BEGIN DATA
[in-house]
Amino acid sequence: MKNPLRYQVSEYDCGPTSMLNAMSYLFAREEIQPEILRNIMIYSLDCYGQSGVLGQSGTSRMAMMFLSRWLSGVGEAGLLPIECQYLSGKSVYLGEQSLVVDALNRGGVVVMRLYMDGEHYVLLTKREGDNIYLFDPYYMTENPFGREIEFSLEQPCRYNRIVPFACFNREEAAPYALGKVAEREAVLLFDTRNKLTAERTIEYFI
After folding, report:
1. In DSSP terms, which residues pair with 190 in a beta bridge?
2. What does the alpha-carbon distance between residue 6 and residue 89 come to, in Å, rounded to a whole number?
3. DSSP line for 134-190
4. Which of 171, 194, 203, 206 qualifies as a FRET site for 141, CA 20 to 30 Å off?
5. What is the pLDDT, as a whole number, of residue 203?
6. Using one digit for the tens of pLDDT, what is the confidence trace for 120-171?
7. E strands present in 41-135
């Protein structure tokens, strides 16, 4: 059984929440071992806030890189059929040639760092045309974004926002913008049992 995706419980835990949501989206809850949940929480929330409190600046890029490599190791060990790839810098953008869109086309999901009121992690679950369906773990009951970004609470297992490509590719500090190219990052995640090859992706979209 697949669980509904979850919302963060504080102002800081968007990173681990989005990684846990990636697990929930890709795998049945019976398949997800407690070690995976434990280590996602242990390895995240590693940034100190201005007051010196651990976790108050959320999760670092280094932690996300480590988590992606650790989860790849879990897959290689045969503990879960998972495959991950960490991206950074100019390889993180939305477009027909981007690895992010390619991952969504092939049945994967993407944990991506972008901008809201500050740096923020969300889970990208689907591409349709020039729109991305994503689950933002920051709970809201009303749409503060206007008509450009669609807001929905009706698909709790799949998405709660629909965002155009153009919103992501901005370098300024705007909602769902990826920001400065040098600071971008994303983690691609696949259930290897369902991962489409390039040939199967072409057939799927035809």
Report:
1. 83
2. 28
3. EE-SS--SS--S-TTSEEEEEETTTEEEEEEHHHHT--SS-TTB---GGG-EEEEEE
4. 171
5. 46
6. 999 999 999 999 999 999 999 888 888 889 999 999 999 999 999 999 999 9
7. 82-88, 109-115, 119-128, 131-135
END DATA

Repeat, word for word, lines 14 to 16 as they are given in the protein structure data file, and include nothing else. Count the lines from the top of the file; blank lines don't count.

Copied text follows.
2. 28
3. EE-SS--SS--S-TTSEEEEEETTTEEEEEEHHHHT--SS-TTB---GGG-EEEEEE
4. 171